On a New Year’s Eve, the well-known author Michael Harper was sailing solo on Lake Taupo in New Zealand. Suddenly his boat capsized in a particularly violent squall about a mile offshore. Clinging to the side of the boat and unable to right it, Michael was rescued after an hour in the chilly glacial waters. He nearly died of hypothermia.
When Michael recovered, he asked God why He had saved him and what God wanted him to do. The reply came something like this: “I want you to learn how to love people the same way as I do.” Michael learned that very day that life is meant to be a love affair, that life is meant to be dedicated to learning how to really love each other in a genuine way. The famous ethicist Joseph Fletcher wrote that the opposite of love is not hate but rather indifference. Fletcher writes, “… There is one thing worse than evil itself, and that is indifference to it.” The lowest point to which our society often seems to sink is when it says, I couldn’t care less.
As Michael Harper struggled with learning how to really love people, he became aware that there are few words in the English language that are more open to abuse than the word “love”. “Love is swampy” is how Joseph Fletcher describes the problem. Much of what is called love today is little more than making sure that our needs are met. Need-centered love, however, is self-centered and narcissistic. True love, said Karl Barth, is when a person gives themself to another with no expectation of a return, in a pure venture, even at the risk of ingratitude, and of that other person’s refusal to make a response of love. That kind of love is very scary because it involves the possibility of being rejected and hurt. That is why we so often prefer self-centered love to other-centered love.
Harper comments that “the widespread identification of the word love with sex indicates that most people think that sex ought to be an experience of love … and that is where the frustration comes in. People feel cheated because sex has not delivered the goods.” A good marriage, says Harper, in which both husband and wife delight to give each other pleasure, and thereby reassure one another of the love that they have for each other, does more for the reestablishment of true love than almost anything else. The bible calls this kind of true love “agape love.”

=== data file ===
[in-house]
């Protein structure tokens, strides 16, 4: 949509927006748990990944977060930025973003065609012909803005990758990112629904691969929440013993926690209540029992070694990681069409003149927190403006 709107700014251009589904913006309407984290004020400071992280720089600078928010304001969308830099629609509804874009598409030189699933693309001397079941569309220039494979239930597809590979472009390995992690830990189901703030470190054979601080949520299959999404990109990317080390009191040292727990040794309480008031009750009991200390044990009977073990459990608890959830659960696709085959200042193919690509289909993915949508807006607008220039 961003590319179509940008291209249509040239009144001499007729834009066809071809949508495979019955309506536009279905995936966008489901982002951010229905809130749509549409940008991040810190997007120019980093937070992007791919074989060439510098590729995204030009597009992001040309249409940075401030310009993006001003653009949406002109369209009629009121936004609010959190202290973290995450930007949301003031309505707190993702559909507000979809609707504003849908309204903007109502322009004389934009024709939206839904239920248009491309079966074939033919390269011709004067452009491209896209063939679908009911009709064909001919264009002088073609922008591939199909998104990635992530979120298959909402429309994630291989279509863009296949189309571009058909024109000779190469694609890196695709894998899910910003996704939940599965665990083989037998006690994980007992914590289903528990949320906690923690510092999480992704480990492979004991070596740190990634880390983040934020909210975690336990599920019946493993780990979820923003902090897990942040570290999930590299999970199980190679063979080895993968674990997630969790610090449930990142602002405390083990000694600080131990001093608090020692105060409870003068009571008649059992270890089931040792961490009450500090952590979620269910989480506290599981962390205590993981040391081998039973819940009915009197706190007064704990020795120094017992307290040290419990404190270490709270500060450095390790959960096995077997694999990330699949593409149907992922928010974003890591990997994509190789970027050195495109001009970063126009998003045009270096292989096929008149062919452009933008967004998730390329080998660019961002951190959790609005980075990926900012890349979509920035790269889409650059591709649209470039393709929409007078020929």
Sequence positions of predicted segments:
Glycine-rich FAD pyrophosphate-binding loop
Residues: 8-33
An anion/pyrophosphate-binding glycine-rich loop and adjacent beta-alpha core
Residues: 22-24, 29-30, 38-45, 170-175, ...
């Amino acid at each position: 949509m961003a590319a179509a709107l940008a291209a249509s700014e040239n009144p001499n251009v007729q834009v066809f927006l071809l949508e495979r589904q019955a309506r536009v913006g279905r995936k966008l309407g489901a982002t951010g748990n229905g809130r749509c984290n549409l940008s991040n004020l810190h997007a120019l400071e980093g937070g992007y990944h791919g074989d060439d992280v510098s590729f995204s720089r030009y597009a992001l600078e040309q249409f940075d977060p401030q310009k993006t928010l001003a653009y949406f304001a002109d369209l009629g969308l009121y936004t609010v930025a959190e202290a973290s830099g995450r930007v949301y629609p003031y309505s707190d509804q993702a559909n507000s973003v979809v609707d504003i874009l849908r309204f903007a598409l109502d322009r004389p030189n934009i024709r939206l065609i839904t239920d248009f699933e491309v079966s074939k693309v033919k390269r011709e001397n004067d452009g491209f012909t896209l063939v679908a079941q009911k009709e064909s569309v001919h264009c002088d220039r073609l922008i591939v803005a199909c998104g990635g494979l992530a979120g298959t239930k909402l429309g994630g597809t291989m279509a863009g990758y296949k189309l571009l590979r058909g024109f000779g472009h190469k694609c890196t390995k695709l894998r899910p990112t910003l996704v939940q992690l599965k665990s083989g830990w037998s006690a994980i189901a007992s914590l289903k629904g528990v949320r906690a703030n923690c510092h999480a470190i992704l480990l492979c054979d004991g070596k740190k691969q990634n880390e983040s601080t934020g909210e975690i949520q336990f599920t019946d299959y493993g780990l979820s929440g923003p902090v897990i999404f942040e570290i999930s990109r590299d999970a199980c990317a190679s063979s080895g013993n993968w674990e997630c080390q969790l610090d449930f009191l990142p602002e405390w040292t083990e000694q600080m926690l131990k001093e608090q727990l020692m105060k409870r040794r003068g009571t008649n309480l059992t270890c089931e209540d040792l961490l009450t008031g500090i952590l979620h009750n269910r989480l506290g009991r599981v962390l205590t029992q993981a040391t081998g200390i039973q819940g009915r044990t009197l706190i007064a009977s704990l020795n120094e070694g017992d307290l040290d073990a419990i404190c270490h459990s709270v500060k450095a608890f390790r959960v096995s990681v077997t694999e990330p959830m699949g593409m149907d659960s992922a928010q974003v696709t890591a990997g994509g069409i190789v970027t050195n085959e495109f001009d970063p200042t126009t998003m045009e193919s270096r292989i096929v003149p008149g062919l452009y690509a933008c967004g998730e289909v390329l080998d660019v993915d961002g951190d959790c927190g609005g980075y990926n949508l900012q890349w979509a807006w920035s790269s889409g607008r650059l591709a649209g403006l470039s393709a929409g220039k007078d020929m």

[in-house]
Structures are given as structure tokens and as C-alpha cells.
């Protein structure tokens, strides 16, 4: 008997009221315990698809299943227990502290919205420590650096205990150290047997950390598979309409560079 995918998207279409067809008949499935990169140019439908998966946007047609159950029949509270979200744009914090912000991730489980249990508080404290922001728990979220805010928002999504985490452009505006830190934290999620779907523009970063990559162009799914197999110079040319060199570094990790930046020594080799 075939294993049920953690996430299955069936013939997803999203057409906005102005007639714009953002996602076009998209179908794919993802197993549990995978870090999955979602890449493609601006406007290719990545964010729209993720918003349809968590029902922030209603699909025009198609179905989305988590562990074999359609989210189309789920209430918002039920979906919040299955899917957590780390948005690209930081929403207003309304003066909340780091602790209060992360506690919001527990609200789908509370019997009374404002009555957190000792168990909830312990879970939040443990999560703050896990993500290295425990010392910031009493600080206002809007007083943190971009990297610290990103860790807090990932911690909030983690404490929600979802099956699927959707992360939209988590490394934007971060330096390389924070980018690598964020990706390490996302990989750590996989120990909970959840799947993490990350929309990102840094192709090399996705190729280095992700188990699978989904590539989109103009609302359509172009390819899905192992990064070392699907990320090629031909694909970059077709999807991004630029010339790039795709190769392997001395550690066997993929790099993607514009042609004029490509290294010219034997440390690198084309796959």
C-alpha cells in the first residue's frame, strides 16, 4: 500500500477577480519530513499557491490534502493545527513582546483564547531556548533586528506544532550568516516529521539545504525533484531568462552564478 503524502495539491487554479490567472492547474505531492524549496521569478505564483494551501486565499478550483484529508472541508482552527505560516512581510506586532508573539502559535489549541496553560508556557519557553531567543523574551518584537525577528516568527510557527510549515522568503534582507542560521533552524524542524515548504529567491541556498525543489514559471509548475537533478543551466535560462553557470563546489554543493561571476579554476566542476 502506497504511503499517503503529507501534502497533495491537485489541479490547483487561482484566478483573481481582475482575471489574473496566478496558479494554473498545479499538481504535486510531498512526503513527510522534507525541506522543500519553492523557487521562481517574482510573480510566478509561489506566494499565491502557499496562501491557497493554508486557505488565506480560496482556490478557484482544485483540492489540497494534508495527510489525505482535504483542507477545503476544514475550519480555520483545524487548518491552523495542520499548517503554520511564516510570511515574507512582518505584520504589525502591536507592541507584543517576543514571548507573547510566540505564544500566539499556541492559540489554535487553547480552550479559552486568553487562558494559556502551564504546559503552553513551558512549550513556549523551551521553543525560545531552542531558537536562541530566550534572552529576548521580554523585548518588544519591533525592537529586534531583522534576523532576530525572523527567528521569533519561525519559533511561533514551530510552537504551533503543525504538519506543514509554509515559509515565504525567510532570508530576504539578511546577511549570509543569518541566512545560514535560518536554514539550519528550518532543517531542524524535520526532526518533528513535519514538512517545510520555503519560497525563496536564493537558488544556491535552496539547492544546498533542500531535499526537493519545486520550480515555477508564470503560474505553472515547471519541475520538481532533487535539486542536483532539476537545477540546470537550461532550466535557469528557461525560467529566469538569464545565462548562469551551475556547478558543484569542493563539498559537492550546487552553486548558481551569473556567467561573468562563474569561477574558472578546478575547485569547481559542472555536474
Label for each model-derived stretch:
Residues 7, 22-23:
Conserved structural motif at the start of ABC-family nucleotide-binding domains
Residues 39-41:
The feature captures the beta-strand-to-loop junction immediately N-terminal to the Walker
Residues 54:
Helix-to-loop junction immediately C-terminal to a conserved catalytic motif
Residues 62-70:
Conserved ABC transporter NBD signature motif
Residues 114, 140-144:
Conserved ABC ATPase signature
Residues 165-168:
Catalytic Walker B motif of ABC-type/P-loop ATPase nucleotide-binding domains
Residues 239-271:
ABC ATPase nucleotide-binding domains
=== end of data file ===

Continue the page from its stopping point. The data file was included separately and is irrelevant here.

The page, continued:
Most of us have been to weddings where a passage is read from the bible telling us about true love: “Love is patient, love is kind. It does not envy, it does not boast, it is not proud it is not rude, it is not self-seeking, it is not easily angered, it keeps no record of wrongs. Love does not delight in evil but rejoices in the truth. It always protects, always trusts, always hopes, always perseveres. Love never fails.” (1 Corinthians 13). It would be helpful for all of us, whether churchgoers or not, to regularly measure our marriage relationships against that standard of Christian love.
I am more convinced than ever that love is what it is all about. That is why the bible even says that God is love … not self-centered love, but rather other centered love. Harper reminds us that “Jesus did not come to present a new set of ideas to us. He came to show us the meaning of love. He revealed what love is. He manifested love. The secret of Jesus’ revolution was not the love of power but the power of love.” When Jesus, hung on the cross, he stretched out his arms and said in effect, “this is how much I love you.” And most amazingly when the Roman soldiers were torturing him and humiliating him, Jesus cried out, “Father, forgive them for they don’t know what they are doing.” Jesus has taught me that the finest quality of true love is its power to forgive. As the late Michael Harper puts it, love without forgiveness is meaningless.
May Christ’s true love so invade our lives in this New Year that costly forgiveness will become normal for us in our daily lives.